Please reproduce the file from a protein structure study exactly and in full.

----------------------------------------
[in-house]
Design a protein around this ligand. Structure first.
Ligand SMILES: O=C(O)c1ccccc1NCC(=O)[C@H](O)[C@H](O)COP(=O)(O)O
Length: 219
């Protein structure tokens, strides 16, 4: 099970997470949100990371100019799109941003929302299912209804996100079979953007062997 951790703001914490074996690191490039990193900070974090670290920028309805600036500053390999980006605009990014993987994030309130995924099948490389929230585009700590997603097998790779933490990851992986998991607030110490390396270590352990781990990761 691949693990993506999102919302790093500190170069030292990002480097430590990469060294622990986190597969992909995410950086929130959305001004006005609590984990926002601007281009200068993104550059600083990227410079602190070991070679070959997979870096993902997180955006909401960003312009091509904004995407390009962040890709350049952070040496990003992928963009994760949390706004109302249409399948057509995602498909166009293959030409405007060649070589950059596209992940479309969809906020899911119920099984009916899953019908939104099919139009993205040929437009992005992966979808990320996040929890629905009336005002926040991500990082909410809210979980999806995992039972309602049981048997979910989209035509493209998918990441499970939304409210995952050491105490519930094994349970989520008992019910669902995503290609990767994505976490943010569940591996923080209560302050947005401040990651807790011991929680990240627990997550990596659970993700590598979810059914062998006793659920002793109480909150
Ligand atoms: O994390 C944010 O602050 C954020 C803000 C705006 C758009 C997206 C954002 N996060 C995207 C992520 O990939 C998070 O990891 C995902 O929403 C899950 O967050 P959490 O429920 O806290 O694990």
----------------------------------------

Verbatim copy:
[in-house]
Design a protein around this ligand. Structure first.
Ligand SMILES: O=C(O)c1ccccc1NCC(=O)[C@H](O)[C@H](O)COP(=O)(O)O
Length: 219
């Protein structure tokens, strides 16, 4: 099970997470949100990371100019799109941003929302299912209804996100079979953007062997 951790703001914490074996690191490039990193900070974090670290920028309805600036500053390999980006605009990014993987994030309130995924099948490389929230585009700590997603097998790779933490990851992986998991607030110490390396270590352990781990990761 691949693990993506999102919302790093500190170069030292990002480097430590990469060294622990986190597969992909995410950086929130959305001004006005609590984990926002601007281009200068993104550059600083990227410079602190070991070679070959997979870096993902997180955006909401960003312009091509904004995407390009962040890709350049952070040496990003992928963009994760949390706004109302249409399948057509995602498909166009293959030409405007060649070589950059596209992940479309969809906020899911119920099984009916899953019908939104099919139009993205040929437009992005992966979808990320996040929890629905009336005002926040991500990082909410809210979980999806995992039972309602049981048997979910989209035509493209998918990441499970939304409210995952050491105490519930094994349970989520008992019910669902995503290609990767994505976490943010569940591996923080209560302050947005401040990651807790011991929680990240627990997550990596659970993700590598979810059914062998006793659920002793109480909150
Ligand atoms: O994390 C944010 O602050 C954020 C803000 C705006 C758009 C997206 C954002 N996060 C995207 C992520 O990939 C998070 O990891 C995902 O929403 C899950 O967050 P959490 O429920 O806290 O694990």